4. Have a room or area ready for the therapy session, if it is at home.

5. Make sure our child is ready for the session, i.e. eaten, been to the bathroom.

6. Cancel the appointment if we will not be available. Call if we will be late.

7. Be honest with the therapist if we feel it is not a good fit for our child for whatever reason.

8. Be honest if we think that the therapist’s expertise and skill set do not match the needs of the child.

9. Keep interruptions to a minimum during the session, i.e. siblings, checking in on my child.

Ideally, this would be handed out to both parties, discussed and signed at the first session. I would recommend that a time is set for review – one month for the first time and then every 6 months.

If you have other items for the Therapy Bill of Rights to add, please feel free to send a comment!

Monday, November 23, 2009

Talkin' Turkey

Ben, Age 6

Ben brought these pieces of artwork home on Friday.
I am excited to have Thanksgiving decorations to put around the house! These will be keepers.

Friday, November 20, 2009

Dress for Success

When Ben started school when he was two years old, my mom said, what I thought at the time was, the strangest thing. She said, “Make sure Ben always looks neat and is clean.” Like any daughter might, I thought she was crazy. Why of course Ben will be neat and clean, I would never let him out of the house any other way.

Four years later, I still think about that comment. I make sure that Ben looks his best everyday – his hair is neat, clothes clean. There was a time when I gave Ben a bath every morning before school so his hair looked just right, but I gave that up after son #3 was born. And I realized it was a bit obsessive too. Now I keep his hair short and he gets a bath and a shampoo every night. Ben does have beautiful yet unruly hair.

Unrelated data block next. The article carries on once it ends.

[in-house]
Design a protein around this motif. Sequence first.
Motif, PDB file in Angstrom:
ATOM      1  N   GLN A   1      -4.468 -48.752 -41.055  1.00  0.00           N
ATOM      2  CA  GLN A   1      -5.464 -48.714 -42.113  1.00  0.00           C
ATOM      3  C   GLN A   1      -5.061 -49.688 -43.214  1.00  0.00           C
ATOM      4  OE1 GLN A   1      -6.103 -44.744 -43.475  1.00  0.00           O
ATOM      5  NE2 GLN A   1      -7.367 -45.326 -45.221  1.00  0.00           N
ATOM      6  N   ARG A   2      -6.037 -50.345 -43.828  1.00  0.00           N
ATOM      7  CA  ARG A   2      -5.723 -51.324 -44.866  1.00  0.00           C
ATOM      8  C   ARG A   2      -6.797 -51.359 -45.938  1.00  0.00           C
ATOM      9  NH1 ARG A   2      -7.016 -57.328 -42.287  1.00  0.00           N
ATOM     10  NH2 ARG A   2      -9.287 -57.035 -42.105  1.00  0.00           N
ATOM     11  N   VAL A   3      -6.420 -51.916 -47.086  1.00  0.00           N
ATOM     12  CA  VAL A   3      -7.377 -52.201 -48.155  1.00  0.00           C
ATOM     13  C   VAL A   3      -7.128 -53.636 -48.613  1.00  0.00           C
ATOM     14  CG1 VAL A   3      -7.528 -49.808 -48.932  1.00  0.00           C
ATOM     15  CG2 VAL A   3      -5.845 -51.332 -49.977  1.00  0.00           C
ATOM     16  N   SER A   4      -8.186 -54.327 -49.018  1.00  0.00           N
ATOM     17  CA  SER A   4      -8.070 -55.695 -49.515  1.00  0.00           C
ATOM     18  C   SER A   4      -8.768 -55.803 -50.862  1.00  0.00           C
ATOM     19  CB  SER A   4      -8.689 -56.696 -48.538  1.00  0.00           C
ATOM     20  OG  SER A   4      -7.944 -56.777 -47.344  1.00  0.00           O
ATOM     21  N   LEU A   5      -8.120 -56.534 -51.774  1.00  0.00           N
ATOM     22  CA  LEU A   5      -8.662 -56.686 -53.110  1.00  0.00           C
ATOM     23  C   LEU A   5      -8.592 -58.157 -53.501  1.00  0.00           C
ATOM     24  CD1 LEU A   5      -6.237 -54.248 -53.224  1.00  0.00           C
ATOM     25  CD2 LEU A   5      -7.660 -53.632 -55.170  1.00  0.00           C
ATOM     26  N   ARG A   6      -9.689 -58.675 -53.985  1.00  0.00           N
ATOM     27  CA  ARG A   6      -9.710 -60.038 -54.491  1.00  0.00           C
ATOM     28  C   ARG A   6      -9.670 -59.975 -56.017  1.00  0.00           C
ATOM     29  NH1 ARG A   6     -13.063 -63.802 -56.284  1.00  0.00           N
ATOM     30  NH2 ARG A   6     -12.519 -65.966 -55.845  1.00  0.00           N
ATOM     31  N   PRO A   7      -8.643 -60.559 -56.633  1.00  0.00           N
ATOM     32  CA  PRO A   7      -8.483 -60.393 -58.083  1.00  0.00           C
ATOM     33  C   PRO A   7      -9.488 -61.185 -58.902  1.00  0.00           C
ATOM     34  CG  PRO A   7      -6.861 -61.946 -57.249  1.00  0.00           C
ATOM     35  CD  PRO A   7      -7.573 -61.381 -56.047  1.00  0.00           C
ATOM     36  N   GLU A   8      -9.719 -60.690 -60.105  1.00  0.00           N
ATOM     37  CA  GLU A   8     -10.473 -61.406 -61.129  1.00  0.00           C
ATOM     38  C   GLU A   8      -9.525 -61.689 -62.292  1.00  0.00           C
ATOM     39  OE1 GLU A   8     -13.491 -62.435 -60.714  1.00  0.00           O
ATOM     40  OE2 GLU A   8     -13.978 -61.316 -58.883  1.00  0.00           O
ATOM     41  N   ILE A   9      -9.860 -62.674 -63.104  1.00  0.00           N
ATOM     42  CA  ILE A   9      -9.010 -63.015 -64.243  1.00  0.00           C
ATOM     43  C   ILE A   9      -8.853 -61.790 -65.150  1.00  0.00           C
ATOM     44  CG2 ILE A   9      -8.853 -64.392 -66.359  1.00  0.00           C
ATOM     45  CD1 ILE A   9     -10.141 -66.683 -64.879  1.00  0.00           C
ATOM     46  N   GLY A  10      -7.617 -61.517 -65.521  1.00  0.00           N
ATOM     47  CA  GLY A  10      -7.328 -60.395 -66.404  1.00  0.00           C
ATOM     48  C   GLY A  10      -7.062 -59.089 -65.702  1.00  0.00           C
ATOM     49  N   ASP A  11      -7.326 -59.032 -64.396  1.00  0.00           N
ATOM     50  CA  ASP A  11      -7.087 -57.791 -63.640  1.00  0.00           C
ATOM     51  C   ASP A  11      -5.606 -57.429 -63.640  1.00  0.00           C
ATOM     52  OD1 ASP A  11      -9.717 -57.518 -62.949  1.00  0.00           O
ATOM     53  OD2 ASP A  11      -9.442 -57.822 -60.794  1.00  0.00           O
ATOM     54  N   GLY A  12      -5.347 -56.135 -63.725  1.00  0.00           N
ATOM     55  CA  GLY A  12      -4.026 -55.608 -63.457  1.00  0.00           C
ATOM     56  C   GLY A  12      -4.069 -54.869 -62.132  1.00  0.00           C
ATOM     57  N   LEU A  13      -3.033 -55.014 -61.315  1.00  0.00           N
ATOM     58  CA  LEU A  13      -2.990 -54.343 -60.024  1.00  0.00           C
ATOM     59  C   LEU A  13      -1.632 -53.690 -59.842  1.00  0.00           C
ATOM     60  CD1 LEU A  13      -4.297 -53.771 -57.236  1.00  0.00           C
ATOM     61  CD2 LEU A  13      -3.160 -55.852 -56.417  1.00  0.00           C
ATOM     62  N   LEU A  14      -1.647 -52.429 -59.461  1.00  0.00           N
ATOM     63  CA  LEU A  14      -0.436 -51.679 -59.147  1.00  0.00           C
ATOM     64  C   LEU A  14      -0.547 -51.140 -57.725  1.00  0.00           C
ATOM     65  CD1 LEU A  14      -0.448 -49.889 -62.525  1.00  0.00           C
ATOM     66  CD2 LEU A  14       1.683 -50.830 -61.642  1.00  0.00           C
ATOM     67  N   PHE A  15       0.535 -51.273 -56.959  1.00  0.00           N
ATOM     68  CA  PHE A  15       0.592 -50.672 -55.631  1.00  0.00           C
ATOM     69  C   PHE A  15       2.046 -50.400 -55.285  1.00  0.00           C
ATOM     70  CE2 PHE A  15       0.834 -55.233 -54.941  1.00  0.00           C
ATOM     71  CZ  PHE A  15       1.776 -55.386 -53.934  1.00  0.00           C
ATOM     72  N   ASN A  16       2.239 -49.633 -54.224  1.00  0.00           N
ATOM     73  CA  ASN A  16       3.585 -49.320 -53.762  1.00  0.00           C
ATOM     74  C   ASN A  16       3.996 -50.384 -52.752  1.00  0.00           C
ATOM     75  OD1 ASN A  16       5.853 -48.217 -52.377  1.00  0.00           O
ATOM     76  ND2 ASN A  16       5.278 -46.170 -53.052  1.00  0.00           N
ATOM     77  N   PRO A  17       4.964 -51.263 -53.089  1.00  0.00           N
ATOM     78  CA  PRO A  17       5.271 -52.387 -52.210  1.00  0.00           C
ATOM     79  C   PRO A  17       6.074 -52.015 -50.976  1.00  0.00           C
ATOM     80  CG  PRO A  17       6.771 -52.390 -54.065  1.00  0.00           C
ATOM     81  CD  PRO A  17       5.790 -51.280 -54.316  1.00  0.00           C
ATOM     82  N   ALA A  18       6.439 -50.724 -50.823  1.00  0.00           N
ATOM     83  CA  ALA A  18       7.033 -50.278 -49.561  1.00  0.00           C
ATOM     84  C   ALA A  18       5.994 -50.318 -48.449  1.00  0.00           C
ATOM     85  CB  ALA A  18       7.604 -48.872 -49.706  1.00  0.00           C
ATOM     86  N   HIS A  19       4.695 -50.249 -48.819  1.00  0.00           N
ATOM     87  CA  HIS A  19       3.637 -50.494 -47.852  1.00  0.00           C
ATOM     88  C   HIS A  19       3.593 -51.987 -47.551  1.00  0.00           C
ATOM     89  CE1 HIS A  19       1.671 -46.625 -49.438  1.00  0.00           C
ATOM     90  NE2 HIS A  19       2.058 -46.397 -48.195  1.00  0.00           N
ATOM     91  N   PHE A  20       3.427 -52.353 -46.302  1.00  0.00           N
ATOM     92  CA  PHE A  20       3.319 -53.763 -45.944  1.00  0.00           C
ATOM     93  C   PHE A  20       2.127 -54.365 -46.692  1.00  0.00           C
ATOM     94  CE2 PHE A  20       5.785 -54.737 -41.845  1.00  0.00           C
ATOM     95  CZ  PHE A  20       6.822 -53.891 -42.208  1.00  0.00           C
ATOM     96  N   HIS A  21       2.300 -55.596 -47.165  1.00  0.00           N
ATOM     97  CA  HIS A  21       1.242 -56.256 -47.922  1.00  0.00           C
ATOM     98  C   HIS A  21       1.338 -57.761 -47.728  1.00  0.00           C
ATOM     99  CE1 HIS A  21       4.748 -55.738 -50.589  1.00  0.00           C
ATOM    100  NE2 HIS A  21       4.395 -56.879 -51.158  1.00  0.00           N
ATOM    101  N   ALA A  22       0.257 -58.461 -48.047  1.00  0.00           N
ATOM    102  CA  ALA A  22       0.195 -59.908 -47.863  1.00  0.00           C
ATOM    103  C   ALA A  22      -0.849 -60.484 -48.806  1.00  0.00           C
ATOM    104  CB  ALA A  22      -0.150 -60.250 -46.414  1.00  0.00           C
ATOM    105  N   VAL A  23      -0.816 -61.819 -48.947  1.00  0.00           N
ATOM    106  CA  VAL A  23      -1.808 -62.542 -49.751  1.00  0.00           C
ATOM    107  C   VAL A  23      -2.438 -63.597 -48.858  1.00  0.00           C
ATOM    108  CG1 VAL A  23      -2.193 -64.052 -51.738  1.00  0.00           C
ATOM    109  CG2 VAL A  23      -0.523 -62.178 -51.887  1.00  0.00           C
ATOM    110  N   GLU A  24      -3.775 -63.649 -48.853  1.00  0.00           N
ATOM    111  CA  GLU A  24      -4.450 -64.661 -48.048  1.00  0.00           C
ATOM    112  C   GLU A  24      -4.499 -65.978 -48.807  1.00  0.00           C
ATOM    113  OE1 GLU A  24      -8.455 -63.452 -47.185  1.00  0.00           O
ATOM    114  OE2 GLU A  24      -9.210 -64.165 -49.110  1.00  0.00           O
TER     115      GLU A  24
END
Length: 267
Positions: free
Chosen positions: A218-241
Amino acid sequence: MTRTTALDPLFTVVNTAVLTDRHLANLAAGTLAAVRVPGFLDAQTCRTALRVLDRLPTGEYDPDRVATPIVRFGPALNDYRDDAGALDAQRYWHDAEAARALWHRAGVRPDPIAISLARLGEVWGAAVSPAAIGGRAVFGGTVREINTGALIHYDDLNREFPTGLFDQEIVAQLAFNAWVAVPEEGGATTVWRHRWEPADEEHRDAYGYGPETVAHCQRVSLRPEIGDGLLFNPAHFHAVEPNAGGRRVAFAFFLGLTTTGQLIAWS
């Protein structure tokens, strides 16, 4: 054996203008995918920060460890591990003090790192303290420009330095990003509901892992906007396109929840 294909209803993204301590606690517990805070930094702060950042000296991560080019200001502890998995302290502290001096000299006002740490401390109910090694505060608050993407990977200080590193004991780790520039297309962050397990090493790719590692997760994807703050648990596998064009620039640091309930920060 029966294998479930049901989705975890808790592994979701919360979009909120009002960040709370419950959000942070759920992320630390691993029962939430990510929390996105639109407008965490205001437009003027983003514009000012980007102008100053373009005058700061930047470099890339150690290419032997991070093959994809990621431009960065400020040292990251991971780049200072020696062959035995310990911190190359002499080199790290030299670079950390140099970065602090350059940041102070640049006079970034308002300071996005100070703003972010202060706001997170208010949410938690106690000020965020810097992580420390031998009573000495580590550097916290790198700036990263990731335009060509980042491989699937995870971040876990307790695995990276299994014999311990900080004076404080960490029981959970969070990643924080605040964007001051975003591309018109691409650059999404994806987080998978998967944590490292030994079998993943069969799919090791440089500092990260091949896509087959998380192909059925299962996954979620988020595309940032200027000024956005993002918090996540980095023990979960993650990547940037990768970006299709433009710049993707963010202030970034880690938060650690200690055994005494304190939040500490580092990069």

Our children with special needs may look and act differently, raise eyebrows and get stares. The last thing we want is for their hair to be a mess, clothes dirty or disheveled. I get what my mom was saying - Ben's different, but don't make him any more different than he has to be.

But with all the challenges in our way, dressing and hygiene care seem like more hurdles to stumble over. I would argue that it is a necessary obstacle for parents to overcome for every child, typical or otherwise. Whether we agree with it or not, people are judged by their appearance. A clean, properly dressed child is treated with more respect than one who smells bad or has on dirty clothing.

We have been very fortunate to have had many friends pass down their children’s clothing. Thrift stores, yard sales and consignment shops offer amazing ways to clothe your children. There are also community agencies and church groups that offer free or low cost clothing for families.

I know the time and effort we take to make sure Ben’s outward appearance is clean and neat makes him more approachable, helping pave the way for friendships, mentoring and furthering his growth.

Wednesday, November 18, 2009

I Love Mornings!

My friends and I were saying the other day how easy Carol Brady had it on the TV show “The Brady Bunch.” She had Alice to grocery shop, make the kids lunches, do laundry and housework. If I had an Alice, my mornings would be calm, not the tornado-like, clock-watching, running around, losing-my-mind type that I face every morning.
On Friday as Ben was getting on the bus, I commented to the bus driver that I may have overdressed him because it is hot outside. The bus driver looked at me funny and said that it was very cold out. Then I realized I had run a mini-marathon inside my house digging up shoes, chewies, coats, breakfast dishes, homework and anything else that fell in my path.